Afro-American religion

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Example of Louisiana-Tradition Voodoo altar inside a temple in New Orleans.

Afro-American religions (also known as African diasporic religions or New World traditions) are a number of related religions that developed in the Americas in various nations of Latin America, the Caribbean, and the southern United States. They derive from traditional African religions of Africa with some influence from Christianity.

Characteristics

Afro-American religions involve veneration of the dead, and include a creator deity along with a pantheon of divine spirits such as the Orisha, Loa, Nkisi, and Alusi, among others. In addition to the religious syncretism of these various African traditions, many also incorporate elements of Indigenous American religion, Spiritism, Spiritualism and Christianity.

List of traditions

Afro-American Religions
Religion Location Ancestral roots Also practiced in Remarks
Candomblé Brazil Yoruba religion, Kongo Argentina, Colombia, Uruguay, Venezuela, United States
Umbanda Brazil Yoruba religion Argentina, Uruguay, Venezuela, United States
Quimbanda Brazil Kongo Argentina, Uruguay, United States
Santería Cuba Yoruba religion Argentina, Brazil, Colombia, Dominican Republic, Haiti, Mexico, Panama, Belize, Puerto Rico, United States, Uruguay, Venezuela
Cuban Vodú Cuba Dahomean religion Dominican Republic, Puerto Rico, United States
Palo Cuba[1] Kongo Dominican Republic, Puerto Rico, United States
Abakuá Cuba Ekpe United States Secret society of the Anaang, Efik, Ibibio, Ekoi, and Igbo peoples.
Dominican Vudú Dominican Republic Dahomean religion United States
Haitian Vodou Haiti Dahomean religion Canada, Dominican Republic, United States, France
Obeah Jamaica Akan religion, Odinani, Yoruba religion the Bahamas, Barbados, Belize, Dominica, Grenada, Guyana, Suriname, Trinidad and Tobago, Virgin Islands, United States, Canada, United Kingdom, Australia Similar to Hoodoo folk magic. Derives from the Igbo 'obia' (or dibia, Igbo: doctoring) traditions.[2]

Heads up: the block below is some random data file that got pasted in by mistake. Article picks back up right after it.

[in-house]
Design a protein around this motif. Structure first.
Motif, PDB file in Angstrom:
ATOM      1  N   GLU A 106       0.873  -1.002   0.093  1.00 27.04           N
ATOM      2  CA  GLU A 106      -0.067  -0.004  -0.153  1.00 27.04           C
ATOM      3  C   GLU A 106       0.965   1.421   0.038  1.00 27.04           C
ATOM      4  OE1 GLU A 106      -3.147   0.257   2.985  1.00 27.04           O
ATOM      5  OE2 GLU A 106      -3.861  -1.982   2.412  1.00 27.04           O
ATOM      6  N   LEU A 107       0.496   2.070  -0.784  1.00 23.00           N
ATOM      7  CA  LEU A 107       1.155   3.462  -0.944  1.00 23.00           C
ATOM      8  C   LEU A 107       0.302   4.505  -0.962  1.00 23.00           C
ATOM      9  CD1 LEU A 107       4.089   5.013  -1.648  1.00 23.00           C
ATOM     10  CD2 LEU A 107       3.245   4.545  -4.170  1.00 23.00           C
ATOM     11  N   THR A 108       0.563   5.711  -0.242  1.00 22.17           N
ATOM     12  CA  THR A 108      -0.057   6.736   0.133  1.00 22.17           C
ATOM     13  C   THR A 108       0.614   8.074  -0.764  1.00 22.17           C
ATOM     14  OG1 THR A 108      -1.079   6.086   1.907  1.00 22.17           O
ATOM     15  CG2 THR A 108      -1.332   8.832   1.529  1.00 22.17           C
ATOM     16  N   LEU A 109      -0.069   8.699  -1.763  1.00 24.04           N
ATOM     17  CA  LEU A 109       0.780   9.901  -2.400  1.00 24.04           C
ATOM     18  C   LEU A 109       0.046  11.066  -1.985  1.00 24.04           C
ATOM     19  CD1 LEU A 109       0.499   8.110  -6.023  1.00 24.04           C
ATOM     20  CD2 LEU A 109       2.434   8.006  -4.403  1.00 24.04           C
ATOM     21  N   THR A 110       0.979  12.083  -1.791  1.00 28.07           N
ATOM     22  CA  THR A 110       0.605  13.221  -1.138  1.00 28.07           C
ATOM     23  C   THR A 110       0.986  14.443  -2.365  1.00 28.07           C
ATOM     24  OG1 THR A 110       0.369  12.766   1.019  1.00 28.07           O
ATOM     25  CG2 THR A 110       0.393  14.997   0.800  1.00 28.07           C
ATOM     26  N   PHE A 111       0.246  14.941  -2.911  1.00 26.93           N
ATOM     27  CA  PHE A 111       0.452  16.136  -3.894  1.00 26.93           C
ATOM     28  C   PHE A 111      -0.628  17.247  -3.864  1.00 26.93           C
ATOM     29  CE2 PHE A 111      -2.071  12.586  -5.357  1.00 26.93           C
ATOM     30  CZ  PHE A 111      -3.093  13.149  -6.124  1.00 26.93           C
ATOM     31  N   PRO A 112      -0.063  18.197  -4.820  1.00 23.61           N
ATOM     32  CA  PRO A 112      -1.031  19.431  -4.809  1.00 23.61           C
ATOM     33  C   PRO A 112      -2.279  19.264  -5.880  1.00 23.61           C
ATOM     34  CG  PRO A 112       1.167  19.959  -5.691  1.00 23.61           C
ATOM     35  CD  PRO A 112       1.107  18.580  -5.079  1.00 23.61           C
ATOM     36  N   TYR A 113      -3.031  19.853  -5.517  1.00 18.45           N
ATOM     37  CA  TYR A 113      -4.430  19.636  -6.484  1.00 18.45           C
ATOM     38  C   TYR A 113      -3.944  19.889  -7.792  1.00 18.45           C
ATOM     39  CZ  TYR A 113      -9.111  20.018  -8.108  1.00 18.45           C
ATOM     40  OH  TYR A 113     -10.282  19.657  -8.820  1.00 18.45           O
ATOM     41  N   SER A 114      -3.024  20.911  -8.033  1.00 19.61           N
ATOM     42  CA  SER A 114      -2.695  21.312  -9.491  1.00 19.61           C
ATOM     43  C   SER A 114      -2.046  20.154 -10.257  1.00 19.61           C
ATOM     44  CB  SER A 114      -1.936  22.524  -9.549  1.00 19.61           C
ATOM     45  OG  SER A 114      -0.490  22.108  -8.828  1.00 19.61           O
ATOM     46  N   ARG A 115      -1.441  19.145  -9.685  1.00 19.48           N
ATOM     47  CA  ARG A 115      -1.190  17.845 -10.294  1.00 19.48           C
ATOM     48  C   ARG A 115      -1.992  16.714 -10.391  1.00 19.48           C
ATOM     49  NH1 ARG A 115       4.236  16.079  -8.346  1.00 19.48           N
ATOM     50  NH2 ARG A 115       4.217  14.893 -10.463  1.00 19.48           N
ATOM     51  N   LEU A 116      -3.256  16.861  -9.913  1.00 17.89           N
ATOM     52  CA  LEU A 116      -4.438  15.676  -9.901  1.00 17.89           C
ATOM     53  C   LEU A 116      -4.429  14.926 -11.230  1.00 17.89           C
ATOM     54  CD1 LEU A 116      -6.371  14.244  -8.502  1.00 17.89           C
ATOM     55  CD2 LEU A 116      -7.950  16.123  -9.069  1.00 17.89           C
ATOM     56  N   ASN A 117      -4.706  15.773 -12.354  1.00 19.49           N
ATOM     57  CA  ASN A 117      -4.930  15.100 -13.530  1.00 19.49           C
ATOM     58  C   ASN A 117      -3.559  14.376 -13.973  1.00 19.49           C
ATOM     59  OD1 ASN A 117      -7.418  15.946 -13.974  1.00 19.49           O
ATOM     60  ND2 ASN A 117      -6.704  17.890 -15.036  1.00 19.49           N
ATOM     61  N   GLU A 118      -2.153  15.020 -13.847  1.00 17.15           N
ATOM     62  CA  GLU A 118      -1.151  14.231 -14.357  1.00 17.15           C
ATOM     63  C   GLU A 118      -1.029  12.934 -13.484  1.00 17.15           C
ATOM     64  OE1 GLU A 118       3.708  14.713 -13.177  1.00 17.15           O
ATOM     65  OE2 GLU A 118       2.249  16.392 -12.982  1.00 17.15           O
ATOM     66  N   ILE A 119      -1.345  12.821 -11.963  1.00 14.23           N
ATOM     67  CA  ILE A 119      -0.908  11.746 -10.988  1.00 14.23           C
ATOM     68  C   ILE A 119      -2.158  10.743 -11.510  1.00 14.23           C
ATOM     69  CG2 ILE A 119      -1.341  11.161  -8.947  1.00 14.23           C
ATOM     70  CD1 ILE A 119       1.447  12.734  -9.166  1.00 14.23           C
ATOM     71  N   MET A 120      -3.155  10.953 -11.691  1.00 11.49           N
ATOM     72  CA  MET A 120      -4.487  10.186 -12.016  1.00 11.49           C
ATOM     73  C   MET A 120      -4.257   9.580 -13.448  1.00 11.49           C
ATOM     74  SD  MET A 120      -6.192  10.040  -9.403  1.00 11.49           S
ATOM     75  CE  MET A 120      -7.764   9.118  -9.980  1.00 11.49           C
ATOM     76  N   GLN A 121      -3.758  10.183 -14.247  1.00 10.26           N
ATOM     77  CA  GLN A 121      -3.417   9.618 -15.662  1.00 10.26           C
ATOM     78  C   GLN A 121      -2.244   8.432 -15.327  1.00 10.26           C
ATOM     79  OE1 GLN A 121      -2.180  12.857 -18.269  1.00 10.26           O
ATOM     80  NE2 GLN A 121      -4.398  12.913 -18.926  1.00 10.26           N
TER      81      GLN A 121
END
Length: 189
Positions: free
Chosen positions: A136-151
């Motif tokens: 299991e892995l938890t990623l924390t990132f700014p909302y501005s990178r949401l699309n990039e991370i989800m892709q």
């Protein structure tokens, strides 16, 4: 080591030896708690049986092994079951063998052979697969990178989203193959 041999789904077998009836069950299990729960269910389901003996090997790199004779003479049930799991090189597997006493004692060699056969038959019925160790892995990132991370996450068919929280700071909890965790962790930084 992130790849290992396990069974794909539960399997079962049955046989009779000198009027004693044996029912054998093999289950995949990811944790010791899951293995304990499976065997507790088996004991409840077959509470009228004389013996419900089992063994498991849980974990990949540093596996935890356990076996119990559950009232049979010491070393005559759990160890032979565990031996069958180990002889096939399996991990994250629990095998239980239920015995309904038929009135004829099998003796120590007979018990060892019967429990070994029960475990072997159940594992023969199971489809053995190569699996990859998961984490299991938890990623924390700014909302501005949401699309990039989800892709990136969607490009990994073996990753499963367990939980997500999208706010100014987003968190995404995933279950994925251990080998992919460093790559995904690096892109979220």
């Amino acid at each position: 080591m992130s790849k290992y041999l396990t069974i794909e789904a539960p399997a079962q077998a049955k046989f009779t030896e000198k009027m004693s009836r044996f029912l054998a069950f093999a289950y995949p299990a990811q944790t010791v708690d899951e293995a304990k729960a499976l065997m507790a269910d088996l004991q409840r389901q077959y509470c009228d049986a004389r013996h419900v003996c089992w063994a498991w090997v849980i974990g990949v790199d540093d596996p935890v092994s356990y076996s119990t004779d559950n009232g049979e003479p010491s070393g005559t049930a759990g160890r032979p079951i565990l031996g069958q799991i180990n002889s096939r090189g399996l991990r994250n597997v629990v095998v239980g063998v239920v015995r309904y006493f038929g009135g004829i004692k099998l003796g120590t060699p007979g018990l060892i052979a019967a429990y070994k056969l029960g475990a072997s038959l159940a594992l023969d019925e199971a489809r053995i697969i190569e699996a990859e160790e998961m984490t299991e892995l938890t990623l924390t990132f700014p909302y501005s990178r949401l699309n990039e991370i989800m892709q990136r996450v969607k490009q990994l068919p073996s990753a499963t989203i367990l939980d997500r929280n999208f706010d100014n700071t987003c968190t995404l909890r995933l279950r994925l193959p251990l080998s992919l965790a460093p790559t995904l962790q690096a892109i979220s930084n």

Kumina Jamaica Kongo United States
Winti Suriname Akan religion Guyana, Netherlands, United States, United Kingdom, Canada
Spiritual Baptist Trinidad and Tobago Yoruba religion the Bahamas, Barbados, Guyana, Suriname, Canada, Jamaica, Belize, United States, United Kingdom, Australia
Trinidad Orisha Trinidad and Tobago[3] Yoruba religion United States, Canada, United Kingdom, Australia
Louisiana Voodoo Southern United States Dahomean religion United States

Other closely related regional faiths include:

See also

References

  1. ^ For an extended discussion on Palo's history, see: Dodson, Jualynne E. (2008). Sacred spaces and Religious Traditions in Oriente Cuba. UNM Press.
  2. ^ Eltis, David; Richardson, David (1997). Routes to slavery: direction, ethnicity, and mortality in the transatlantic slave trade. Routledge. p. 88. ISBN 0-7146-4820-5. 
  3. ^ Houk, James (1995). Spirits, Blood, and Drums: The Orisha Religion in Trinidad. Temple University Press. 
  4. ^ Xango de Recife[permanent dead link]

External links

  • Roots and Rooted
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